Male Upper Thoracic Lift Surgery Guide

After rapid weight loss with bariatric surgery, some males develop lax skin in the upper back and chest areas. An upper thoracic lift most often refers to an upper back lift or bra line lift, but may also include a male chest lift. During the procedure, the surgeon removes excess skin and fat to create a more firm, toned upper body contour.

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Causes of excess chest/back skin

Many bariatric patients develop loose skin after rapid massive weight loss. Obesity stretches the skin beyond its normal limit; Often the damage is not obvious until the patient loses weight. As the weight comes off, the skin takes on a saggy, deflated look that resembles an empty balloon once the fat is gone. Other factors that contribute to skin laxity can include:

  • Age
  • Genetics
  • Nicotine use
  • Past pregnancy
  • Amount of weight lost
  • Prolonged sun exposure
  • Length of time spent overweight
  • Individual differences in body fat distribution

Why is excess chest/back skin a problem worth treating?

Losing weight takes hard work and dedication. When the reward for these efforts is loose skin, it can be a major blow to one’s self esteem. Excess skin can be a source of physical discomfort and embarrassment. Side effects of excess skin may also include:

  • Frustration
  • Social isolation
  • Loss of confidence
  • Feeling different from others
  • Less desire to be intimate with a partner
  • Difficulty shopping for clothes that fit well
  • Avoiding certain styles of clothing altogether
  • Excess perspiration, rashes, and chafing between skin folds

What is an upper thoracic lift?

A male upper thoracic lift involves surgically removing excess skin and fat on the upper back and/or chest areas. It is most commonly performed on males who have lost a significant amount of weight through bariatric surgery. Liposuction may also be performed during an upper thoracic lift to reduce pockets of back fat and chest fat that resist diet and exercise efforts.

Benefits of upper thoracic lift surgery

Patient with markings before operation

Benefits of the procedure may include:

  • A flat, masculine chest
  • More toned appearance
  • Tighter skin on the upper back and sides
  • Less discomfort and skin irritations
  • Feeling more confident
  • Improved fit of clothing
  • Increased mobility

Disadvantages of upper thoracic lift surgery

While tightening loose skin on the back and chest has several benefits, there are some drawbacks to body contouring surgery. For example:

  • All surgery comes with risks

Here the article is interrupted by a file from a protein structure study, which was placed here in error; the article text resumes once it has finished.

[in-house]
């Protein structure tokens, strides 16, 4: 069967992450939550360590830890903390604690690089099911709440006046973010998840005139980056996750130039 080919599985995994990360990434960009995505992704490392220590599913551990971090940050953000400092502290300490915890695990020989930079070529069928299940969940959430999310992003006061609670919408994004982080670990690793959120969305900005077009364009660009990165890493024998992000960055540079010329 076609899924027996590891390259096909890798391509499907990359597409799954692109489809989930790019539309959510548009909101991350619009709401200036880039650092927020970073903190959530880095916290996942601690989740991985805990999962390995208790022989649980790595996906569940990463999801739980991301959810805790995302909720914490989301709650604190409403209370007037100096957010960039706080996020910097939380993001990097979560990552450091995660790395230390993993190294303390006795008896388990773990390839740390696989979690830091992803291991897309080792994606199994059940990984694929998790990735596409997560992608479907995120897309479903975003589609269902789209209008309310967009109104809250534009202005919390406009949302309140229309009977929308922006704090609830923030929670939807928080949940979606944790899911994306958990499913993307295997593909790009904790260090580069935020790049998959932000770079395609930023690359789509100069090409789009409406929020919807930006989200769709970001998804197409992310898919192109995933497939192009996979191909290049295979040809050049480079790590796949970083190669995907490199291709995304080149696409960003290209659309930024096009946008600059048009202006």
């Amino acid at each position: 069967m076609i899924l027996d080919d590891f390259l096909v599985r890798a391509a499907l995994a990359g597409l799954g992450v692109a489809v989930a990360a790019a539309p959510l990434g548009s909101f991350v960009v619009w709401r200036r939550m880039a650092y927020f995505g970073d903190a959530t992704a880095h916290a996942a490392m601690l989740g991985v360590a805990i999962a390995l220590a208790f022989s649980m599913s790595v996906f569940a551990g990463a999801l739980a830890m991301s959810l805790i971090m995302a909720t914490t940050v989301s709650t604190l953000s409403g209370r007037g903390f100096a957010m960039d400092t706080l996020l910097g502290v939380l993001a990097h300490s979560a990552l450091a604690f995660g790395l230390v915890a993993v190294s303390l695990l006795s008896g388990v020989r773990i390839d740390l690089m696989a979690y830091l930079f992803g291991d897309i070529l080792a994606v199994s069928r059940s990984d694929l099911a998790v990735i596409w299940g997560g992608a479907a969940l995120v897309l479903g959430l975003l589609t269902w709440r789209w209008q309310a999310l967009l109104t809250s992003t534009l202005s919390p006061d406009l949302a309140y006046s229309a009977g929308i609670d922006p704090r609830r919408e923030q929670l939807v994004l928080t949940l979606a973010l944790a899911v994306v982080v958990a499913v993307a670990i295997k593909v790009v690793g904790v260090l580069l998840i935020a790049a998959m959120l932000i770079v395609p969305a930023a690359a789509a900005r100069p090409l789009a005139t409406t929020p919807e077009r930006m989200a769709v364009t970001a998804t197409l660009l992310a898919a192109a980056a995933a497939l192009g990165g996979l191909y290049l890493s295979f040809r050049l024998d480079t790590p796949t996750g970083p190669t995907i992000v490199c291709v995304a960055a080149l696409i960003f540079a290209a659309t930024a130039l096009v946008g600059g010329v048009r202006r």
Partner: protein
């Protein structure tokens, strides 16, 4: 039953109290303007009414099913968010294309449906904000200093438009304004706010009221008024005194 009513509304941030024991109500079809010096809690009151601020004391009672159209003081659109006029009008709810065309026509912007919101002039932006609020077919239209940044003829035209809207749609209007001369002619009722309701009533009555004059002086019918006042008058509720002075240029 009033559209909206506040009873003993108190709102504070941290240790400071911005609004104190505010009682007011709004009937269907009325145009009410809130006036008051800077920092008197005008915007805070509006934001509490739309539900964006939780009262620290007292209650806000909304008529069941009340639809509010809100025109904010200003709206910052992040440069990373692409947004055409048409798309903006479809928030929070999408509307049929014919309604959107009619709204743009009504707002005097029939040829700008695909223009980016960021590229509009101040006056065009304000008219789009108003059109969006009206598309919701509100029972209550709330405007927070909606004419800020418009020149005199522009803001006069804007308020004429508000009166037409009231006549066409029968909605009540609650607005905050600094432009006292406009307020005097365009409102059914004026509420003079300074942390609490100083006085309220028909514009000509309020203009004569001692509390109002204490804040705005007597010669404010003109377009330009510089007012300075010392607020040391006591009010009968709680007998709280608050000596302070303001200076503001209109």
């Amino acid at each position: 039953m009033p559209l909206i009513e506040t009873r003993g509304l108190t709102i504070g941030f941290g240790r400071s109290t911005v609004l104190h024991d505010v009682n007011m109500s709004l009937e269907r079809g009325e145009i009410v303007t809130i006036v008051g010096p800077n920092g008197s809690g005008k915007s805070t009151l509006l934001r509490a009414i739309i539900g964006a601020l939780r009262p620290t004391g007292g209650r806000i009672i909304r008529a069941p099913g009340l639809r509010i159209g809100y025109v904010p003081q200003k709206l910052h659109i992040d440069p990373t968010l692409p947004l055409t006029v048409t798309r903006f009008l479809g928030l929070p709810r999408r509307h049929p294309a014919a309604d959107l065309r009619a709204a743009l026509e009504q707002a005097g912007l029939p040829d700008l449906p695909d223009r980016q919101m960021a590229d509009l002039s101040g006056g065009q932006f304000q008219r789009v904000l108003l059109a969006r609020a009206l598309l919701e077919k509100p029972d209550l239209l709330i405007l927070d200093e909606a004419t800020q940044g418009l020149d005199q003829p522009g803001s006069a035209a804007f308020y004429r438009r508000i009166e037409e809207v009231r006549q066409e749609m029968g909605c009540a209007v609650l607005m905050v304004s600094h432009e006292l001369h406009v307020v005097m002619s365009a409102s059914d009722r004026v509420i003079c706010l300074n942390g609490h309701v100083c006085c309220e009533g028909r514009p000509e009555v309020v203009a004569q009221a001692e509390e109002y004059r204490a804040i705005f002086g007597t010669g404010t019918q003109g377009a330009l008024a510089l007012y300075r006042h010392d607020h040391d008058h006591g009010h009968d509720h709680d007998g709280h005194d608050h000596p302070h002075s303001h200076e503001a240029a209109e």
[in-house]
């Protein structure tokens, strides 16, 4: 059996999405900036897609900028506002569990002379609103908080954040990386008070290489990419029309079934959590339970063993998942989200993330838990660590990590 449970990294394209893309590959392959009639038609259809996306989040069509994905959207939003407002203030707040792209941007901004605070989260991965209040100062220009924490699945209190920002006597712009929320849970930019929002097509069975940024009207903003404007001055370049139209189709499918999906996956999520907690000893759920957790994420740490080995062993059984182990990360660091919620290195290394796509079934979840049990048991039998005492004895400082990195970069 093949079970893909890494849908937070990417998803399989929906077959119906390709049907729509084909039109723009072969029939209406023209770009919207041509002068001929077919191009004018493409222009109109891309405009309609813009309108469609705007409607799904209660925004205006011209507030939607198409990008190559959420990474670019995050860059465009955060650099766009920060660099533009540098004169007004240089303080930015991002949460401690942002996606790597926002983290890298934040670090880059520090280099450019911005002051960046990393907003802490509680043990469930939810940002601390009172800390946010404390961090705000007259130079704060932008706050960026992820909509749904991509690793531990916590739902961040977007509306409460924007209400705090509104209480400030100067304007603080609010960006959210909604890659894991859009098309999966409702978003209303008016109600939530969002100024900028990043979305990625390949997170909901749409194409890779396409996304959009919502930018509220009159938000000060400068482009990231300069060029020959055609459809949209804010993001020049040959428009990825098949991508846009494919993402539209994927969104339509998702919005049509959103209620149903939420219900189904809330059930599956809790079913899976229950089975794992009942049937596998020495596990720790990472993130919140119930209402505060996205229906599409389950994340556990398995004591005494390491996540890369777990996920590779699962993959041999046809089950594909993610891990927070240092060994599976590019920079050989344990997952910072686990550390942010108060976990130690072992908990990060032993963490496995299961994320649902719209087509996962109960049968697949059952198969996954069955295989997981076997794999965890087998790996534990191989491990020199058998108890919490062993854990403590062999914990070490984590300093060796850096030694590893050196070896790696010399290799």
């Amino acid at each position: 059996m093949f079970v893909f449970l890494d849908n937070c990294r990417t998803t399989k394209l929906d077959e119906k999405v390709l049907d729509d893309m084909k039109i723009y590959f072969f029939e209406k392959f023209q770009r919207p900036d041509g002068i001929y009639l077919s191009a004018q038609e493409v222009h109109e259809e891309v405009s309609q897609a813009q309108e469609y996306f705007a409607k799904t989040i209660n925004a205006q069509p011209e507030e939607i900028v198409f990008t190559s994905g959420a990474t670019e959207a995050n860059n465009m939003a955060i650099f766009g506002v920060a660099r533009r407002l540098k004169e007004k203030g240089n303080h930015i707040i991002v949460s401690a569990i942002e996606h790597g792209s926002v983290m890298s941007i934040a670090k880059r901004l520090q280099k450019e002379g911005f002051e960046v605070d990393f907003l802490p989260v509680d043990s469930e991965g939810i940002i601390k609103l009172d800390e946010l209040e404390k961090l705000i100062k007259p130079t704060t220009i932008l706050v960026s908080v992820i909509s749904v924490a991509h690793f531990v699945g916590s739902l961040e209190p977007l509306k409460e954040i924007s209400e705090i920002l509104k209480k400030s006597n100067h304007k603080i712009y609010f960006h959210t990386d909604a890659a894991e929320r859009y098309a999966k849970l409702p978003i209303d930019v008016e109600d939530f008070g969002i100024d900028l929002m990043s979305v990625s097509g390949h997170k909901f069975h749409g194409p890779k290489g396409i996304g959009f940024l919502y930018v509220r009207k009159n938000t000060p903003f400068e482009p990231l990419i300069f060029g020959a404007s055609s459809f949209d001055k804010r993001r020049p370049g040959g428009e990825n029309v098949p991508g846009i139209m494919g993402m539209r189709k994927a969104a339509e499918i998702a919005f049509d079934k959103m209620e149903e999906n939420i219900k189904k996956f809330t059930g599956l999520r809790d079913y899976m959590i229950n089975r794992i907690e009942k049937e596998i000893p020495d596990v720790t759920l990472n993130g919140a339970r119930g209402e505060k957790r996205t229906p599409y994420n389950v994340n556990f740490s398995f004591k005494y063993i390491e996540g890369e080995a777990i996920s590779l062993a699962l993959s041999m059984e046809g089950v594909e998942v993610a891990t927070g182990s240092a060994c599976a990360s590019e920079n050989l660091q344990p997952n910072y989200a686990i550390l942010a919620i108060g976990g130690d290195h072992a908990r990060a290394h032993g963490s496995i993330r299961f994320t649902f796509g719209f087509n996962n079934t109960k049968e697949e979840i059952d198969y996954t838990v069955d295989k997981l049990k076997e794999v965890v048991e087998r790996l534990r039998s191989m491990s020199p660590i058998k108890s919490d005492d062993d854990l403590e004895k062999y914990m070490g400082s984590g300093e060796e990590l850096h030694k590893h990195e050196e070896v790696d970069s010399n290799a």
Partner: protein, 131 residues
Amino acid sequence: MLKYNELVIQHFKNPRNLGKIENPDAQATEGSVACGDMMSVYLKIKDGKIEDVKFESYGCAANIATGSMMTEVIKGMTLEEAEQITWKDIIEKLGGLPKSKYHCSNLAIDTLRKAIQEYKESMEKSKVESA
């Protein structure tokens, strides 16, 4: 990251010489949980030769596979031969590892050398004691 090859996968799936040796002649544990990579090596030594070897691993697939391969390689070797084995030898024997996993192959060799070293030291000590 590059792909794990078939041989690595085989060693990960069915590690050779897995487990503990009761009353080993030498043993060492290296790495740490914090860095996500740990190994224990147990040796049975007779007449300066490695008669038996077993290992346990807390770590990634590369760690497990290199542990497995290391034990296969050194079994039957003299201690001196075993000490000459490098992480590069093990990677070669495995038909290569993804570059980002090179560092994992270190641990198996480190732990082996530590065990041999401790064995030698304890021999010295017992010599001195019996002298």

• There will be a surgical car
  • Elective procedures can be costly
  • Mobility is limited in early recovery
  • Insurance rarely covers the surgery
  • Most patients require two to three weeks off work

Who is a candidate?

The upper thoracic lift may be suitable for a patient who:

  • Wants to tighten lax skin on their upper back and chest
  • Has met their weight loss goal
  • Maintains a stable weight long term
  • Is mentally and physically fit
  • Does not smoke or is willing to quit
  • Accepts that all surgery has risks
  • Understands the surgical scar is permanent
  • Can take several weeks off work to recover

To learn if an upper thoracic lift is right for you, speak with a general surgeon who specialises in post-weight loss body contouring.

Surgical procedure

The upper thoracic lift is performed under general anaesthesia. The procedure takes approximately three to five hours. The surgeon draws markings and trims away the excess skin with a horizontal incision on the pectoral surface. The upper chest skin is stitched to the rib just below the pectoral major muscle to create the new pectoral fold at the breast base. If the nipple areola complex (NAC) sits too low after the surgeon pulls the chest skin down, it is placed as a free graft on the pectoral surface in the optimal position. The nipple areolar graft is made as thin as possible to prevent necrosis and encourage the blood supply to take. Then the patient is turned on each side to access the bra line and upper back areas. The surgeon removes the excess skin surgically. The incisions are closed with sutures and bandaged.


A full recovery can take six to eight weeks. Most patients can return to work in approximately two to three weeks with the exception of physically demanding jobs. Strenuous physical activity and heavy lifting are restricted for six weeks on average.